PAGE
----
Furthermore, we also cannot agree with the scholar in question’s claim that the rennet of Halaal animals which were not slaughtered according to the prescribed method in the Shari’ah is Halaal according to “our elders” or that this is the view of Imam Abu Hanifah r and, thus, there should be leeway for permissibility”.

Our response to there being scope for permissibility and it being the view of Imam Abu Hanifah r has already been mentioned above. We will now also present the Fatawa of some of our elders, all of whom were erudite scholars of Fatawa, so that the reader can see for himself what their actual view point and opinion is regarding the matter is.

  • In the Fatawa of one of our greatest elders, Hazrat Moulana Ashraf Ali Saheb Thanwi r, it is mentioned that the subsidiary rulings of the mazhab clearly indicate that the milk and rennet of Haraam or dead (non-Halaal slaughtered) animals are impure. Whoever is in doubt regarding this should know that he has misunderstood and, in reality, it is not as he has assumed. Furthermore, as far as purity and impurity is concerned, caution demands that one should pass the fatwa that it is impure.

He writes: “The milk of all animals is pure, besides that of a pig… although there is a difference of opinion, caution demands that one should regard it impure according to the quote ‘The milk and rennet of dead animals are pure according to Imam Abu Hanifah r and impure according to Saahibayn t. The latter view seems to be more correct’ according to what has been mentioned in Naf’ul-Mufti. It is mentioned in Mawaahibur-Rahman that the subsidiary rulings of the mazhab clearly indicate that it is impure. Furthermore, the preference which the author of Al-Multaqaa has accorded to the view of Imam Abu Hanifah r does not seem correct and the statement of ‘Allaamah Shaami r that there is ‘no difference of opinion regarding milk’ is not an accepted view because the author of Al-Bahrur Raaiq has indicated that the same difference of opinion regarding milk exists regarding rennet. Moreover, caution in the matters of purity and impurity lies in ruling that the substance is impure.” The question was posed: “Is the milk of animals which may not be consumed Halaal?” To which Hazrat responded: “A clear ruling takes preference over a ruling which is derived by inference. Thus, we should give preference to the ruling of impurity.”[7]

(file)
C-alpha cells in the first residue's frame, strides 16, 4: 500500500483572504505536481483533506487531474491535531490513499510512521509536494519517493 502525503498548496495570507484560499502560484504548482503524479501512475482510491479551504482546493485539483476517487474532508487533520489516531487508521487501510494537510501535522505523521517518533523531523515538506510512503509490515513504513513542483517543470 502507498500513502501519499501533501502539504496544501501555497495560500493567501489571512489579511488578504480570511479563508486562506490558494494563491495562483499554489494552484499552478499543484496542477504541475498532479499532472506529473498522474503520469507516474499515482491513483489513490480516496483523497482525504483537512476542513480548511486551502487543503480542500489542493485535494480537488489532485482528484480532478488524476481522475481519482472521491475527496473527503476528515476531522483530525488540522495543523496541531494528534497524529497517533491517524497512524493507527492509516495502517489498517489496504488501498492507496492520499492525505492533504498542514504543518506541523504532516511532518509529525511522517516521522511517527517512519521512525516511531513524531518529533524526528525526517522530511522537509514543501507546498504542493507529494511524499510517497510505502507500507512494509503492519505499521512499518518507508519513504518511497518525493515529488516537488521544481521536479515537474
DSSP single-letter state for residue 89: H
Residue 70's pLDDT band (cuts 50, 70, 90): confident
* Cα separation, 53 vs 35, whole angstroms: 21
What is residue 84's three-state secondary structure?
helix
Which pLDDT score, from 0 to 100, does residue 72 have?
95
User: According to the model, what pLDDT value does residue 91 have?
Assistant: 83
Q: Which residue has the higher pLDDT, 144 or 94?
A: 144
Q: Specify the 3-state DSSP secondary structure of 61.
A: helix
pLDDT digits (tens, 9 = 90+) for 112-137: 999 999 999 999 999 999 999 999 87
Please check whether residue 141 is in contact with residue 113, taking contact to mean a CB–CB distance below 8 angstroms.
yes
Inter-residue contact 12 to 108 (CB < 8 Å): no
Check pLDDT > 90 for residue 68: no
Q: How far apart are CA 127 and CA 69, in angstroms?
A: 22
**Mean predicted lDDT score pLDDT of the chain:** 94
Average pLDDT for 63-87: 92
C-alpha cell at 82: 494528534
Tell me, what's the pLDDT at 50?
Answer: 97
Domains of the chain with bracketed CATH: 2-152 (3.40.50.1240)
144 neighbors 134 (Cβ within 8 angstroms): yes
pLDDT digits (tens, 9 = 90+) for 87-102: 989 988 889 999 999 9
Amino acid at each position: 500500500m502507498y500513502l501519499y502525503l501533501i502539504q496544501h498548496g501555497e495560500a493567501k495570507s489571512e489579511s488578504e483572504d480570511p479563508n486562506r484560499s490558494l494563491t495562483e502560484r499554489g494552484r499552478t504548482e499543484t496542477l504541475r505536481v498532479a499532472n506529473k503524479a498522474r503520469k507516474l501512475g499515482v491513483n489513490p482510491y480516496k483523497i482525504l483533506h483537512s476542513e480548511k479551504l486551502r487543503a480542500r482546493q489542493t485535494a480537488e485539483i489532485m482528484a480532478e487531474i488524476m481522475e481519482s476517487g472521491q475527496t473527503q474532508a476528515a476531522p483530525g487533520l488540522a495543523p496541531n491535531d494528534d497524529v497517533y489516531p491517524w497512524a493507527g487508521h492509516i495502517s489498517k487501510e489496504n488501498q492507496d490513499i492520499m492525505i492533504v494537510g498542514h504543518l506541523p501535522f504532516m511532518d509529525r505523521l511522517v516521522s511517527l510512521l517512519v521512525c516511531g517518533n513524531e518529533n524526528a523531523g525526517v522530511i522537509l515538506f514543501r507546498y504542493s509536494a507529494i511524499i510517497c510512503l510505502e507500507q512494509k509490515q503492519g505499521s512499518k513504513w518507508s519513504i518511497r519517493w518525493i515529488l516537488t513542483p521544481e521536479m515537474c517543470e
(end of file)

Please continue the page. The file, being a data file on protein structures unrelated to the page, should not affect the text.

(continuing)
• A similar fatwa is found in Fatawa Mahmoodiyyah, Vol.18, p.201 – The Faarooqiyyah Print:

Question 8727-3:

If a quarter teaspoon of rennet falls into about 14 pounds of milk – bearing in mind the possibility of ‘Umoomul-Balwaa – would it still become impure?

Answer: